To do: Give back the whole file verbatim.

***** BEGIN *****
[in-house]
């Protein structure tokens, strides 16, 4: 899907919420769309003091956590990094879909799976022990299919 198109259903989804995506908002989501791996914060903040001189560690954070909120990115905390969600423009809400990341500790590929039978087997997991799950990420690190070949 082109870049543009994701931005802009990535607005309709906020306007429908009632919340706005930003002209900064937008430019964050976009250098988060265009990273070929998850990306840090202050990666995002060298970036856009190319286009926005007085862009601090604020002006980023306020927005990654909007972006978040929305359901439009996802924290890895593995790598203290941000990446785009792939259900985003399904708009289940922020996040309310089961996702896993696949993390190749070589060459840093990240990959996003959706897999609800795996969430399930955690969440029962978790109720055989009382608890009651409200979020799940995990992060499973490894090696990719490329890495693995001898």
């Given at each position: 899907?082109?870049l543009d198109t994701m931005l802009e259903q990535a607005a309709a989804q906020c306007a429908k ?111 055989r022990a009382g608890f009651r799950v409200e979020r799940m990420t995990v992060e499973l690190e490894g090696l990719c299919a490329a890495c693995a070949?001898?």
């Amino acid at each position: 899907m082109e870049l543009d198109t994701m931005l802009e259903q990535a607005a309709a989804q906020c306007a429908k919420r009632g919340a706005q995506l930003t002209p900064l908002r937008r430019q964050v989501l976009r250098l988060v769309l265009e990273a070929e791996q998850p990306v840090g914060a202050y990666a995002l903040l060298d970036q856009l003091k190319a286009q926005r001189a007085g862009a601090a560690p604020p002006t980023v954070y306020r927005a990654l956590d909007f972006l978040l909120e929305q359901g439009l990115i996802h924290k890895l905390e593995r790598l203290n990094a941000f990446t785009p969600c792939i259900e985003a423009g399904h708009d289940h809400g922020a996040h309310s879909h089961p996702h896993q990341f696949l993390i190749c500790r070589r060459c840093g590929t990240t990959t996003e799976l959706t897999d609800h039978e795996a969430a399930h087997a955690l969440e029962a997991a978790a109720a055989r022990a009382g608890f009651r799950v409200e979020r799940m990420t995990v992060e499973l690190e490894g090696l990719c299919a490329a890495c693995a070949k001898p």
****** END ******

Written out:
[in-house]
């Protein structure tokens, strides 16, 4: 899907919420769309003091956590990094879909799976022990299919 198109259903989804995506908002989501791996914060903040001189560690954070909120990115905390969600423009809400990341500790590929039978087997997991799950990420690190070949 082109870049543009994701931005802009990535607005309709906020306007429908009632919340706005930003002209900064937008430019964050976009250098988060265009990273070929998850990306840090202050990666995002060298970036856009190319286009926005007085862009601090604020002006980023306020927005990654909007972006978040929305359901439009996802924290890895593995790598203290941000990446785009792939259900985003399904708009289940922020996040309310089961996702896993696949993390190749070589060459840093990240990959996003959706897999609800795996969430399930955690969440029962978790109720055989009382608890009651409200979020799940995990992060499973490894090696990719490329890495693995001898």
């Given at each position: 899907?082109?870049l543009d198109t994701m931005l802009e259903q990535a607005a309709a989804q906020c306007a429908k ?111 055989r022990a009382g608890f009651r799950v409200e979020r799940m990420t995990v992060e499973l690190e490894g090696l990719c299919a490329a890495c693995a070949?001898?």
């Amino acid at each position: 899907m082109e870049l543009d198109t994701m931005l802009e259903q990535a607005a309709a989804q906020c306007a429908k919420r009632g919340a706005q995506l930003t002209p900064l908002r937008r430019q964050v989501l976009r250098l988060v769309l265009e990273a070929e791996q998850p990306v840090g914060a202050y990666a995002l903040l060298d970036q856009l003091k190319a286009q926005r001189a007085g862009a601090a560690p604020p002006t980023v954070y306020r927005a990654l956590d909007f972006l978040l909120e929305q359901g439009l990115i996802h924290k890895l905390e593995r790598l203290n990094a941000f990446t785009p969600c792939i259900e985003a423009g399904h708009d289940h809400g922020a996040h309310s879909h089961p996702h896993q990341f696949l993390i190749c500790r070589r060459c840093g590929t990240t990959t996003e799976l959706t897999d609800h039978e795996a969430a399930h087997a955690l969440e029962a997991a978790a109720a055989r022990a009382g608890f009651r799950v409200e979020r799940m990420t995990v992060e499973l690190e490894g090696l990719c299919a490329a890495c693995a070949k001898p």